A Traumatic Shock

By Dr. Vishaal Bhat on Monday, 19 November, 2007 with 0 comments

It is well known from a long-time praxis that isolated injuries of the facial skeleton, the teeth and soft tissues do not usually evoke a traumatic shock. This complication may appear, however, with combined injuries or poly-traumas.

The definition

The term shock designates a severe, general hemodynamic and metabolic disorder caused by insufficient blood supplies. Three basic parts of the blood circulation are affected during the shock:

  • loss of circulation

  • defects in permeability of vessels

  • heart output decrease

The result is a decrease of the nutritional blood supply to the vital tissues and hypoxia. Insufficient removal of metabolites from tissues causes an acidosis. Irreversible damages to important organs originate from a developing shock: “shock kidneys”, “shock lungs”.

Causes of a shock

Hypovolaemic shock:

  • hemorrhagic: blood losses, low damage of tissues

  • traumatic: large damage of tissues

  • burns related: losses of plasma

  • dehydration related: losses of water (diarrhea, vomiting)

Other types of shocks: cardiogenic, septic, anaphylactic.

Stages of a shock

The first stage - compensation

Independently of a shock causes, the volume of circulating blood changes (macrocirculation), as well as specific shock-related changes of circulation inside blood vessels (microcirculation). At the first stage, the organism protects itself by a sympathetic-adrenergic reaction, releasing of catecholamines and excitation of adrenal cortex, in order to maintain homeostasis. Excitation of alpha-receptors of sympathetic nerves leads to closure of pre- and post-capillary sphincters which causes decrease of blood supply to organs depending on the degree of their alpha-adrenergic innervation (splanchnic organs, kidneys, liver, skin). On the other hand, coronary and brain circulations remain unaffected - centralization of circulation. The vital organs continue to be supplied with nutrients.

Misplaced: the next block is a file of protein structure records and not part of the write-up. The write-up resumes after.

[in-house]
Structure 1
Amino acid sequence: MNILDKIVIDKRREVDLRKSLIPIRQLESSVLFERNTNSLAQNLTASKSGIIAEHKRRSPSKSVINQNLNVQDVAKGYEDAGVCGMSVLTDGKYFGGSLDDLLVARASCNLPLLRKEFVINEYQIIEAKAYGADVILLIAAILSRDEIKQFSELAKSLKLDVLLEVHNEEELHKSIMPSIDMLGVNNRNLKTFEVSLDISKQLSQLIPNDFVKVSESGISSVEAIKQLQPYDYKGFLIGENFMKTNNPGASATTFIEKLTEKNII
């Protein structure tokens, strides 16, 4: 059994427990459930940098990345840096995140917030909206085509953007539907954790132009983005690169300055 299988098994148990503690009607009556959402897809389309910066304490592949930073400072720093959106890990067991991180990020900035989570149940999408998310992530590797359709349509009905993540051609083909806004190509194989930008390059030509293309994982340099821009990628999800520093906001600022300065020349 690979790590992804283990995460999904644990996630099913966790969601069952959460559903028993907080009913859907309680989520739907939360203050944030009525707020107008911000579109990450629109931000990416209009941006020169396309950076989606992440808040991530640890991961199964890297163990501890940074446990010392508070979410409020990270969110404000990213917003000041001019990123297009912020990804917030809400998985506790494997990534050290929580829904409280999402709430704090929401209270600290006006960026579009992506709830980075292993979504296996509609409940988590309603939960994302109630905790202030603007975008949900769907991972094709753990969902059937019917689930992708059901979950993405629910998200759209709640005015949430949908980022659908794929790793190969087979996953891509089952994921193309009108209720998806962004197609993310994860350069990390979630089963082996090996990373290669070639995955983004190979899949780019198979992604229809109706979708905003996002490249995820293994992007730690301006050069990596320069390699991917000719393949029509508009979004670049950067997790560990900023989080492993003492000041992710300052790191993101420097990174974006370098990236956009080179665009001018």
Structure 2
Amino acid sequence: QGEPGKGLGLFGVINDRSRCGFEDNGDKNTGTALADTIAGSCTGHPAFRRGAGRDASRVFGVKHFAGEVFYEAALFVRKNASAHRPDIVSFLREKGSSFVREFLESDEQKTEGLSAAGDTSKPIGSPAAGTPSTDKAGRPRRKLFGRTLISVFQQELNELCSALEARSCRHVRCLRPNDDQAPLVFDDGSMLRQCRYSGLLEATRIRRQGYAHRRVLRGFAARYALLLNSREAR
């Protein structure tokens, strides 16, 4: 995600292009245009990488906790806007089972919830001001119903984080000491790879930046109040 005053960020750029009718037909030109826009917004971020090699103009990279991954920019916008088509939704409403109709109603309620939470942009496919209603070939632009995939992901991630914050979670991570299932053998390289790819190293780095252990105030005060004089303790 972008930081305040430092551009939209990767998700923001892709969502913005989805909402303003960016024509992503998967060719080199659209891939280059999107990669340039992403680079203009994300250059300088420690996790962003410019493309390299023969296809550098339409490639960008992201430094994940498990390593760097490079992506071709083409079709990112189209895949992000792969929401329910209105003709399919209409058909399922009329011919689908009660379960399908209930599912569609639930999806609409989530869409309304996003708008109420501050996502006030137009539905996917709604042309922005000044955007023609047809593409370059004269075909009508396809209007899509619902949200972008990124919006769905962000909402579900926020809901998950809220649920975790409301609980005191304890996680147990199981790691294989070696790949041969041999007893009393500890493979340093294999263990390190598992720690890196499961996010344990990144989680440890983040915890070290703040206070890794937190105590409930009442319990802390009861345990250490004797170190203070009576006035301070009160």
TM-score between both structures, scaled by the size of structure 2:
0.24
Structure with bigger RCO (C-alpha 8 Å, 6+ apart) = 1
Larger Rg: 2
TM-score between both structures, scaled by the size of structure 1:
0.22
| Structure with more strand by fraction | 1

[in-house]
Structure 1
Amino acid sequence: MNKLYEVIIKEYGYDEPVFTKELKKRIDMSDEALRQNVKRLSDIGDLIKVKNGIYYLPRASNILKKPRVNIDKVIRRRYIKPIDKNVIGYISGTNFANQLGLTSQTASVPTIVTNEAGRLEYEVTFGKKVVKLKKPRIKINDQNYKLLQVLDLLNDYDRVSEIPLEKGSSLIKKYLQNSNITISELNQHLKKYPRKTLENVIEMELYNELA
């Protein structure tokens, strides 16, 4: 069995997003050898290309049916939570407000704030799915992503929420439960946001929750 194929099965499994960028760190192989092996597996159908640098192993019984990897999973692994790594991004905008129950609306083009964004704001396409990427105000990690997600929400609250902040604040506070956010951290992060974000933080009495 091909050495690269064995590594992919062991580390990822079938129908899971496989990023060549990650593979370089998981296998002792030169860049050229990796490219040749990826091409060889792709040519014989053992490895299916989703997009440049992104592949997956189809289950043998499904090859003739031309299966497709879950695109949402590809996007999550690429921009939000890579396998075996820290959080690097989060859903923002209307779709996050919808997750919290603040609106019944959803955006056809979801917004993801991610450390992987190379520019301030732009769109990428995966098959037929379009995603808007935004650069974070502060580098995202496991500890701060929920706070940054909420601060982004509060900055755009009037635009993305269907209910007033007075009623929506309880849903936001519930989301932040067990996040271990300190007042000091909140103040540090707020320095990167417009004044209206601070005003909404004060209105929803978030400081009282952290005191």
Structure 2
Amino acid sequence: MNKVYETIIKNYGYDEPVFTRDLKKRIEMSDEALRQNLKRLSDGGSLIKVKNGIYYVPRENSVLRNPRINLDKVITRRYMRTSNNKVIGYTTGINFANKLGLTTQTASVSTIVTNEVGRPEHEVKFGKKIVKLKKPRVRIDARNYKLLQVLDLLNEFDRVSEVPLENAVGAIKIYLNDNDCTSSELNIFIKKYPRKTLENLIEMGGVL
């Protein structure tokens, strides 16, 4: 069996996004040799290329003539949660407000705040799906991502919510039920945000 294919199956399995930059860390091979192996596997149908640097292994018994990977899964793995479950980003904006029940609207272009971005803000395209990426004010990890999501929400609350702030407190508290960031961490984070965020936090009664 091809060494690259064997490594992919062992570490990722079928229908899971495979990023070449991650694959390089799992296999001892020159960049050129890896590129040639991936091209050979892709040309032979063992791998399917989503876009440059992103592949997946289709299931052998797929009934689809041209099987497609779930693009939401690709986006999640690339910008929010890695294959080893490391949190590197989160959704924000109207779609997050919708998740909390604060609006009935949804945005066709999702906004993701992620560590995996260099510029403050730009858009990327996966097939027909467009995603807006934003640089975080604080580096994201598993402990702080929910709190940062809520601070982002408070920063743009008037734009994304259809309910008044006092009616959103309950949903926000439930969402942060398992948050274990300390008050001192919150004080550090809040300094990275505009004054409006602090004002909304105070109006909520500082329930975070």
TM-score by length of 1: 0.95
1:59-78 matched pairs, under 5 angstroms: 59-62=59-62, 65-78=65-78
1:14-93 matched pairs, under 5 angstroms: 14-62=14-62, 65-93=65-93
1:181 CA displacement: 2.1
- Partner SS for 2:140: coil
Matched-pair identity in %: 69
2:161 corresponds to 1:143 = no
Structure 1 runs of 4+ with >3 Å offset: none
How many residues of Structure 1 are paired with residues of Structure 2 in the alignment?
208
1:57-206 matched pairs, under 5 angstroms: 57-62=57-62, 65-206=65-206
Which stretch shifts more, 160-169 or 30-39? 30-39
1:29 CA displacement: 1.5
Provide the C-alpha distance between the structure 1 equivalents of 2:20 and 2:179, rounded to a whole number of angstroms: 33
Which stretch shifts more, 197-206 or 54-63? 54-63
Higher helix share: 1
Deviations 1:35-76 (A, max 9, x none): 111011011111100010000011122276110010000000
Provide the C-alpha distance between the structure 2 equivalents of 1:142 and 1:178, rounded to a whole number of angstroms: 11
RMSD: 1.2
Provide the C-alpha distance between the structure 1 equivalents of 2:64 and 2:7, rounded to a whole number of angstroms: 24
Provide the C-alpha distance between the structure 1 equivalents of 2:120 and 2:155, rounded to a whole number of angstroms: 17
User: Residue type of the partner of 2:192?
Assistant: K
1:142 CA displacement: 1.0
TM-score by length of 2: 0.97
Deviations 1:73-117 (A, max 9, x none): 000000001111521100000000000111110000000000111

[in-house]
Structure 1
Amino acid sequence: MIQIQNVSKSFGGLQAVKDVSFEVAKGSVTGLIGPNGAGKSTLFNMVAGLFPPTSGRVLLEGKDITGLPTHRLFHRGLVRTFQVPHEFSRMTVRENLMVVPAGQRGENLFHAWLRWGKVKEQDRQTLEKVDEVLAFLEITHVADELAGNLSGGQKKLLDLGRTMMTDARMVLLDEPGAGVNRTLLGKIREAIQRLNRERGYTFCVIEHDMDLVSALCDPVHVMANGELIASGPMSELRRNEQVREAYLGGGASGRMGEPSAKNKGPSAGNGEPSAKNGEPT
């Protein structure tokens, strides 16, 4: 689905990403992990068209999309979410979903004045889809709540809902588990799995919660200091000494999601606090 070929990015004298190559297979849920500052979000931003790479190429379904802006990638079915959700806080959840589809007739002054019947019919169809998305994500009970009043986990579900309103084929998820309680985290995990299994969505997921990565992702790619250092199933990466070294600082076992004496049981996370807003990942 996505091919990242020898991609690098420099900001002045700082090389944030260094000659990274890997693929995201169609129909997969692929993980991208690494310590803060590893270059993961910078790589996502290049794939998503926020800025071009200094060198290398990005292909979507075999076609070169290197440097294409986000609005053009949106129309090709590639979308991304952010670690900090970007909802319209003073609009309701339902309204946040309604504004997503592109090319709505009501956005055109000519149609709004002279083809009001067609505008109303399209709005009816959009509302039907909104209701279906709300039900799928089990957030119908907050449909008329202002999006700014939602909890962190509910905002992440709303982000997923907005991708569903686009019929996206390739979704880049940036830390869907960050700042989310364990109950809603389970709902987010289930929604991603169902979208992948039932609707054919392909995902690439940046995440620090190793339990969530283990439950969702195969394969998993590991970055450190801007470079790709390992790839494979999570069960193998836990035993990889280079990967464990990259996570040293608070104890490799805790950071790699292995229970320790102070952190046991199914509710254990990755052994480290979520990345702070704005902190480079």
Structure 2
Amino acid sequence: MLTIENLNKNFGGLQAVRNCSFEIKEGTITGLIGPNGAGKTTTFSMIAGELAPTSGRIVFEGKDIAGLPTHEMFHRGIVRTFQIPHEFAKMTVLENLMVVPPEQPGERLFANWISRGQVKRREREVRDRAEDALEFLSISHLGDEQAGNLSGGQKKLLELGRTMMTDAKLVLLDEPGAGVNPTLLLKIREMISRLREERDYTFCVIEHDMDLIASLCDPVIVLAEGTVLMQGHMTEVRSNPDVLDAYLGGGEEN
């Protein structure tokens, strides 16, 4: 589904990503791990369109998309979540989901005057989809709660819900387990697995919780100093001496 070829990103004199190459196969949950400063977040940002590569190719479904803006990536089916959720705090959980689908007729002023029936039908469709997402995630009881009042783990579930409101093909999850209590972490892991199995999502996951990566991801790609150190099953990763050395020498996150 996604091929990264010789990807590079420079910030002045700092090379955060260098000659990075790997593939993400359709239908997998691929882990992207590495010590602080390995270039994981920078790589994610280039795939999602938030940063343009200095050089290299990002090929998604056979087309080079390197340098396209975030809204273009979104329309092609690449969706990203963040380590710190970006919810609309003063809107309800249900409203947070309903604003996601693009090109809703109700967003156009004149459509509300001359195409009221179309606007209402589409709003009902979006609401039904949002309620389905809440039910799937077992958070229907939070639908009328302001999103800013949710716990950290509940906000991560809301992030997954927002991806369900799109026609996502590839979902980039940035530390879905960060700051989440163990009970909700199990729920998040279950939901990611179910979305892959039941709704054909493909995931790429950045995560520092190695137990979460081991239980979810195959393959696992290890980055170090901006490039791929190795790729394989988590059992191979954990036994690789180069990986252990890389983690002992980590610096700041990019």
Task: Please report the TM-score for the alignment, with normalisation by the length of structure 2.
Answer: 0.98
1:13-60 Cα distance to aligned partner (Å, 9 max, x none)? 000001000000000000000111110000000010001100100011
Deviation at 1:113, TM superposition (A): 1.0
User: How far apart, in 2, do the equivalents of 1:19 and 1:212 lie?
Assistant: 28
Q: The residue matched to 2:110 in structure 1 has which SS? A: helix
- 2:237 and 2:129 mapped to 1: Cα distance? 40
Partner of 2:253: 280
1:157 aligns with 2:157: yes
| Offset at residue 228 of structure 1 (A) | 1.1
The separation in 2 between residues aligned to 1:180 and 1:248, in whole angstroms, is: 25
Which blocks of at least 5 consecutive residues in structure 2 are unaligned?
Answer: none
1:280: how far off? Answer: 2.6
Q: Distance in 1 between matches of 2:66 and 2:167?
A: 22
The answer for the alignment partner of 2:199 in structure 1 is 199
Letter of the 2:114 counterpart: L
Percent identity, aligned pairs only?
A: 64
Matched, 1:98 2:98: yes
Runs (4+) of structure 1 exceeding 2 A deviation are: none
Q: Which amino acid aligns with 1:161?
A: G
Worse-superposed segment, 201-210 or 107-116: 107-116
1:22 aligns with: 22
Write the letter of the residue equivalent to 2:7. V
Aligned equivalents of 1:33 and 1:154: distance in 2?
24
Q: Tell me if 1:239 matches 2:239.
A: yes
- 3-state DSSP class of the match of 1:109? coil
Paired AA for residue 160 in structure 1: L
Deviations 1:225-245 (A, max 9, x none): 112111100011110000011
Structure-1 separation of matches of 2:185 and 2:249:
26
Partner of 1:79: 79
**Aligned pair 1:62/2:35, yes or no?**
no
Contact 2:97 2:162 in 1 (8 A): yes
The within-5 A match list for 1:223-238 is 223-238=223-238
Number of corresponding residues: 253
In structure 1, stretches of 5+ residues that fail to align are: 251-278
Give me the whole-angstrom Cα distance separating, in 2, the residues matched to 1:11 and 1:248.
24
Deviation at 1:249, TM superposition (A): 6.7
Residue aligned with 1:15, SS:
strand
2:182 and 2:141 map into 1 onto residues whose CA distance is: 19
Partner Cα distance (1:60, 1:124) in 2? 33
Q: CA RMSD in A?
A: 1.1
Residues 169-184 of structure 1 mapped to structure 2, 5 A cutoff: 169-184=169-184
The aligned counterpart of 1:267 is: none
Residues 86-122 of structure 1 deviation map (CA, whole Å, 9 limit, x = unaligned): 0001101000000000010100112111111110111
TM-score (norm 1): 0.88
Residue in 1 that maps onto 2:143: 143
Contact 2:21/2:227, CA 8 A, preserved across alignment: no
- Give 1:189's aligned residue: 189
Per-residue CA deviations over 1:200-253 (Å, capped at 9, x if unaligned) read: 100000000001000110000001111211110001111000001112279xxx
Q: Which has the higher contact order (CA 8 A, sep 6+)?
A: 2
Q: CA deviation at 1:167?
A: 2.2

The second stage - decentralization of circulation

After the first stage, a shock deepens and without a compensation, serious metabolic malfunctions occur, tissue hypoxia and acidosis (lactate, ketoacids) increase, damages of cell membranes are caused by failure of the sodium-potassium pump (retention of Na+ and losses of K+). Decentralization of circulation appears, blood flows into the interstices after an initial peripheral spasm. Microcirculation specific changes also happen, characteristic by hemo-concentration, platelets sticking together, increasing blood viscosity, formation of thrombi, defects of DIC (disseminated intravascular coagulation) and appearance of consumptive coagulopathies.

A decompensated shock originates at this stage!

Therapy of a shock

A sudden loss of blood requires an adequate replacement. During the first stage, the blood volume is compensated for by replacement solutions, expanders, full blood, infusions, sugars, or salts. It is imperative to prevent any further blood losses (stop bleeding). A sufficient breathing and/or artificial ventilation of lungs (including also intubation) has to be ensured.

Therapy by medication: pain relief, vegetative blockers, corticoids, cardiotonics, prophylaxis of kidneys failure, occasionally a dialysis. A specific therapy is applied for particular types of shocks.

Category: Oro-Maxillo Facial Surgery Notes



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